Pigment production from a mangrove Penicillium
AbstractA mangrove Penicillium producing red pigment was cultured in an optimized medium that was designed by the authors previously and used in this study. The purpose of this study was to identify the pigment and also to study the effect of bio elements on pigment production. Pigment from the medium was efficiently extracted using chloroform, ethyl acetate and n-butanol. Most of the red pigment was extracted into ethyl acetate and further purified by preparative thin layer chromatography. From 1H and 13C NMR data supported by electronic imaging mass spectrometry, structure of the compound was elucidated as 2-(4-acetyl phenyl) acetic acid. The yield of pigment produced was studied with respect to various salts and bio elements. Salts at high concentrations (sodium chloride, ammonium sulfate, and sodium nitrite) had a drastic effect on pigment yield because most of the pigment remained adhered to the mycelium instead of diffusing into the medium. Also, when bio elements were supplemented to the medium; calcium, iron, and zinc enhanced pigment yield whereas; potassium, magnesium, copper and manganese did not have significant impact on pigment production. Lead had a drastic negative effect on the pigment yield. Therefore, this study proves that salts and bio elements play a major role in the production of various metabolites from mangrove fungi.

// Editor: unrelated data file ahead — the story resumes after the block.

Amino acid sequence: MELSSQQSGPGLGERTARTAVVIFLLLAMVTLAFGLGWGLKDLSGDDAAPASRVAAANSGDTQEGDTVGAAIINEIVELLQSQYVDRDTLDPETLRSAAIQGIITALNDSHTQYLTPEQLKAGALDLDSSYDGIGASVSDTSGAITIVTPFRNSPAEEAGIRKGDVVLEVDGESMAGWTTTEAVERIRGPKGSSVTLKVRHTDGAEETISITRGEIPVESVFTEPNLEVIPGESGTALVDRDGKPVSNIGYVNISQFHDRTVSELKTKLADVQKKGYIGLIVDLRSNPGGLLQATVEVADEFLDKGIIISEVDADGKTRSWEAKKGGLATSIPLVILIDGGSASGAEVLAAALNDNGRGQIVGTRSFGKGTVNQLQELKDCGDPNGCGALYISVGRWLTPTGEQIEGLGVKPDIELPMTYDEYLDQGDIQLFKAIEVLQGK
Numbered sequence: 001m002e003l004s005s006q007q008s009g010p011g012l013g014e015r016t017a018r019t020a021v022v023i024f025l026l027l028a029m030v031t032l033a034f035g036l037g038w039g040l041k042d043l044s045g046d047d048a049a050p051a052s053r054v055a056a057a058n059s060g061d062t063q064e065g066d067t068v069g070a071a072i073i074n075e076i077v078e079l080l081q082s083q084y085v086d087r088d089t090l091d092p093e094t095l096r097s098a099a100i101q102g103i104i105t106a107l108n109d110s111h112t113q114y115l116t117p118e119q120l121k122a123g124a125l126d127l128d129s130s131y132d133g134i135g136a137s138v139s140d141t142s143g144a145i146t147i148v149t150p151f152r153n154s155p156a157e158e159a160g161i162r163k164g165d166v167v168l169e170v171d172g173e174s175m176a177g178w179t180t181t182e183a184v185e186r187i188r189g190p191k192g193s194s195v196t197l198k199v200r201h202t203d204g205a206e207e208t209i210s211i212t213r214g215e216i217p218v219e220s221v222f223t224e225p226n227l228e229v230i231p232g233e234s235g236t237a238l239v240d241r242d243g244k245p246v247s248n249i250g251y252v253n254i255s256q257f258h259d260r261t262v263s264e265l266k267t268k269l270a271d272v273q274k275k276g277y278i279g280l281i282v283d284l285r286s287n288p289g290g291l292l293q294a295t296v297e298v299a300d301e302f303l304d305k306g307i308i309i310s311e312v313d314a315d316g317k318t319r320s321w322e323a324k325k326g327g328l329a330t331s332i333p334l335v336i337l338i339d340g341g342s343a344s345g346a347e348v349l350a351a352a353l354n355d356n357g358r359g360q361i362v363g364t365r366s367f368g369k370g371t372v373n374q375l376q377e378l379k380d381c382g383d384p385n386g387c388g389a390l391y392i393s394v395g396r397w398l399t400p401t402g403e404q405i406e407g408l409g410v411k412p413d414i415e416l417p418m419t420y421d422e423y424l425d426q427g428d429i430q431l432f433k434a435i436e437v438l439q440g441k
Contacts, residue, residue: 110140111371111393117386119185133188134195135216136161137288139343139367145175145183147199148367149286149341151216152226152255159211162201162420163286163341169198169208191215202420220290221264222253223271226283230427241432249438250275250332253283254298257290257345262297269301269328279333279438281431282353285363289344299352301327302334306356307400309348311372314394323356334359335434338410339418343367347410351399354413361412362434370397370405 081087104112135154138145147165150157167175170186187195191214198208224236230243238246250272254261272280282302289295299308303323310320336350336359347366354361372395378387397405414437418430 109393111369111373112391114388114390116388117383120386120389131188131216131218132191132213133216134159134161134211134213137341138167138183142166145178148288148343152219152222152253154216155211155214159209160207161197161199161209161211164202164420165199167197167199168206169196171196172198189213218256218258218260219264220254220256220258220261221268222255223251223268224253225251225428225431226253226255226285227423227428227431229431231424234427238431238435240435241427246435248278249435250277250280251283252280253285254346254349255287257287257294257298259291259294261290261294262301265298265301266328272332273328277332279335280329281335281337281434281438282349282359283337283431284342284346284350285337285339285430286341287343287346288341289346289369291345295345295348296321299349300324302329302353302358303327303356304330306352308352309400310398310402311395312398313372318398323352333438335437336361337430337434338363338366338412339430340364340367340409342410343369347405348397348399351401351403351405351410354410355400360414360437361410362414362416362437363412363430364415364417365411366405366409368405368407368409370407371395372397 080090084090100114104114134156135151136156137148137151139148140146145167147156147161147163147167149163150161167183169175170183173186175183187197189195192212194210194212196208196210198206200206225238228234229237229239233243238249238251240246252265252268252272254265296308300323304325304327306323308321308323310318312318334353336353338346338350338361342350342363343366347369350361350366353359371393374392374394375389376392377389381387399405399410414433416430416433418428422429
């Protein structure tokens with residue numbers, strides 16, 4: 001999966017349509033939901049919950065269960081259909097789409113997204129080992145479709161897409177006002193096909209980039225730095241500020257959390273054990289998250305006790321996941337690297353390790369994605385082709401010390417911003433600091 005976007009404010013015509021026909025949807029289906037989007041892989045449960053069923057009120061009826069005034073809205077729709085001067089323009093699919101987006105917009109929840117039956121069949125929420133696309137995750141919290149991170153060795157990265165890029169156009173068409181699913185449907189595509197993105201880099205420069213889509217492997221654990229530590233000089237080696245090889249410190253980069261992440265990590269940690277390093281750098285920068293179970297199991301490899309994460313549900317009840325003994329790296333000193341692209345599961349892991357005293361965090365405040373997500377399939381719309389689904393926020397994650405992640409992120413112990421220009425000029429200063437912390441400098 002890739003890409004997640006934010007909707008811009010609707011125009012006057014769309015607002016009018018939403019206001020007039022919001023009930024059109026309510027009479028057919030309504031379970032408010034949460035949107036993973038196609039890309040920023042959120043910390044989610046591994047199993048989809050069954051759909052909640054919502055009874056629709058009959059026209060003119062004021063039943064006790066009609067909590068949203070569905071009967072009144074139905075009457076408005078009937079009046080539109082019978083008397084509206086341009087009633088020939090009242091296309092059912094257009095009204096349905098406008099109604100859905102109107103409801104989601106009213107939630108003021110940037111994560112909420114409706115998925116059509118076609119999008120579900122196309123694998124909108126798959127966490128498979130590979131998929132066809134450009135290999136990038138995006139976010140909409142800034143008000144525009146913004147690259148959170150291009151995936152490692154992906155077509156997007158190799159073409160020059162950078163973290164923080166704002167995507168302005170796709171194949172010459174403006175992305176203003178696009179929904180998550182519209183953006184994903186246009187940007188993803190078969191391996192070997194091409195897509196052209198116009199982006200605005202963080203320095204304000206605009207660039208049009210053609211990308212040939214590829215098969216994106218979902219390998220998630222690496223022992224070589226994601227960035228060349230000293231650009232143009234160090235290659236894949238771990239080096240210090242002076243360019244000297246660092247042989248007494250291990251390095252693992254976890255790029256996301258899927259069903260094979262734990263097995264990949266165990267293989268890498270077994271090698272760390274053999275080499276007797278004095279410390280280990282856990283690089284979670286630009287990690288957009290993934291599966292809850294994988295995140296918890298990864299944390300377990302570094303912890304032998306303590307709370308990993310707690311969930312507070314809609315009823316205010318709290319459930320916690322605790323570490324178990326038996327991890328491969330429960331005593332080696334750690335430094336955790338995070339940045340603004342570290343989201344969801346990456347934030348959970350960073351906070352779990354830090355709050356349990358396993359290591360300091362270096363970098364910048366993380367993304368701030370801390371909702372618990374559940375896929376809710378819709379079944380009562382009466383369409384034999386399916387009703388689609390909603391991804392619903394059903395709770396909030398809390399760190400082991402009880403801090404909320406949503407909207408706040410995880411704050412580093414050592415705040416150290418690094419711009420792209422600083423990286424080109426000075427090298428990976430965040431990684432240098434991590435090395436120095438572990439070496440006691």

Keywords: Penicillium, 2-(4-acetyl phenyl) acetic acid, bio elements, salts, soluble pigment.
African Journal of Biotechnology, Vol 13(26) 2668-2674